Philosophy of Science 28 (3):225-233 (1961)

Abstract
This paper discusses the Einstein-Podolsky-Rosen paradox from a new point of view. In section II, the arguments by which Einstein, Podolsky and Rosen reach their paradoxical conclusions are presented. They are found to rest on two critical assumptions: (a) that before a measurement is made on a system consisting of two non-interacting but correlated sub-systems, the state of the entire system is exactly represented by: ψ a (r̄ 1 ,r̄ 2 )=∑ η a η τ η (r̄ 1 ,r̄ 2 )=∑ i,k α ik ψ i (r̄ 1 )σ k (r̄ 2 ) (b) that the exact measurement of an observable A in one of the sub-systems is possible. In section III it is shown that assumption (b) is incorrect. Thus we conclude, as did Bohr, that the results of Einstein, Podolsky and Rosen are not valid. The arguments of section III are quite distinct from Bohr's, and therefore in Section IV this work is related to that of Bohr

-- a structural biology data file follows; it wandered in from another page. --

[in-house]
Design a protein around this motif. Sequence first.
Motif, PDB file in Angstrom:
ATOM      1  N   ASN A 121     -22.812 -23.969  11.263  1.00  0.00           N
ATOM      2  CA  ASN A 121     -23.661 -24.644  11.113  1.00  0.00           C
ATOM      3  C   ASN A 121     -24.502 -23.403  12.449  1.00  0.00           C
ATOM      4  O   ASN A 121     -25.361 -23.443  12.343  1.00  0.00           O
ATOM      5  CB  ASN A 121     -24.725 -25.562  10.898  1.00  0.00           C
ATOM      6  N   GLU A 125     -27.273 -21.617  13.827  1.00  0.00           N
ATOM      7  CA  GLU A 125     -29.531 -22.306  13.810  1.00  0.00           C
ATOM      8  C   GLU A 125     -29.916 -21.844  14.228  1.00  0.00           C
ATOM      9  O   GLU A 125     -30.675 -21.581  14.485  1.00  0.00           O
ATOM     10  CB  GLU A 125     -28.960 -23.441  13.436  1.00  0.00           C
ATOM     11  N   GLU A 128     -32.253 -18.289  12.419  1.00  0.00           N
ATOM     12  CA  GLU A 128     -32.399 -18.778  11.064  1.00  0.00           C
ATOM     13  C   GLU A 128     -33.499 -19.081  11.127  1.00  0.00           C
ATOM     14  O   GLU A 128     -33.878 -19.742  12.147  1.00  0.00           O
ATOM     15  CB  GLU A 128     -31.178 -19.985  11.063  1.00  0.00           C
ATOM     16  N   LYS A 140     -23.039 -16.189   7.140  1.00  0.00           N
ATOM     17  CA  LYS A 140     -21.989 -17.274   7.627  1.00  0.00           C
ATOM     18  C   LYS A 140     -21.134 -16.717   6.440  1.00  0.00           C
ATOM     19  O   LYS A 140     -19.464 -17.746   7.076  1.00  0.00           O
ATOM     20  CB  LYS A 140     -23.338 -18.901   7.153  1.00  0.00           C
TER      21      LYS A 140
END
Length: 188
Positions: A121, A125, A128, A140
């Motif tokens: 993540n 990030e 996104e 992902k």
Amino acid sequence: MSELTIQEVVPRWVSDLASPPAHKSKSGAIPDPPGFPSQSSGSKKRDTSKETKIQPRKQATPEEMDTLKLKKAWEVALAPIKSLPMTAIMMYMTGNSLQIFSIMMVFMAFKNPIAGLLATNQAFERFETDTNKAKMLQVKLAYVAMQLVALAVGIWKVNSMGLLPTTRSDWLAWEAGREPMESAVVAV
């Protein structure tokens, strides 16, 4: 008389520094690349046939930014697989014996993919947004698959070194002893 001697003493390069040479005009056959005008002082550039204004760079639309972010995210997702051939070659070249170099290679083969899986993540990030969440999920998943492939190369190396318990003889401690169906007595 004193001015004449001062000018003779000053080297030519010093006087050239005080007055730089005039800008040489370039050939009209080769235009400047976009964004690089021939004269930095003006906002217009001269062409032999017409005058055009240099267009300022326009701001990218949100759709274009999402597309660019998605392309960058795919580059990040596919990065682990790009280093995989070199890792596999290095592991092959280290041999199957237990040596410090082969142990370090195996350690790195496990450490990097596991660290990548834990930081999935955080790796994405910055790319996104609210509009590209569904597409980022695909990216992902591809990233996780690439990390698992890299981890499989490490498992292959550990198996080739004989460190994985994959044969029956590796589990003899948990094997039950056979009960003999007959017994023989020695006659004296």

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DOI 10.1086/287806
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Epr.Alan Hájek & Jeffrey Bub - 1992 - Foundations of Physics 22 (3):313-332.

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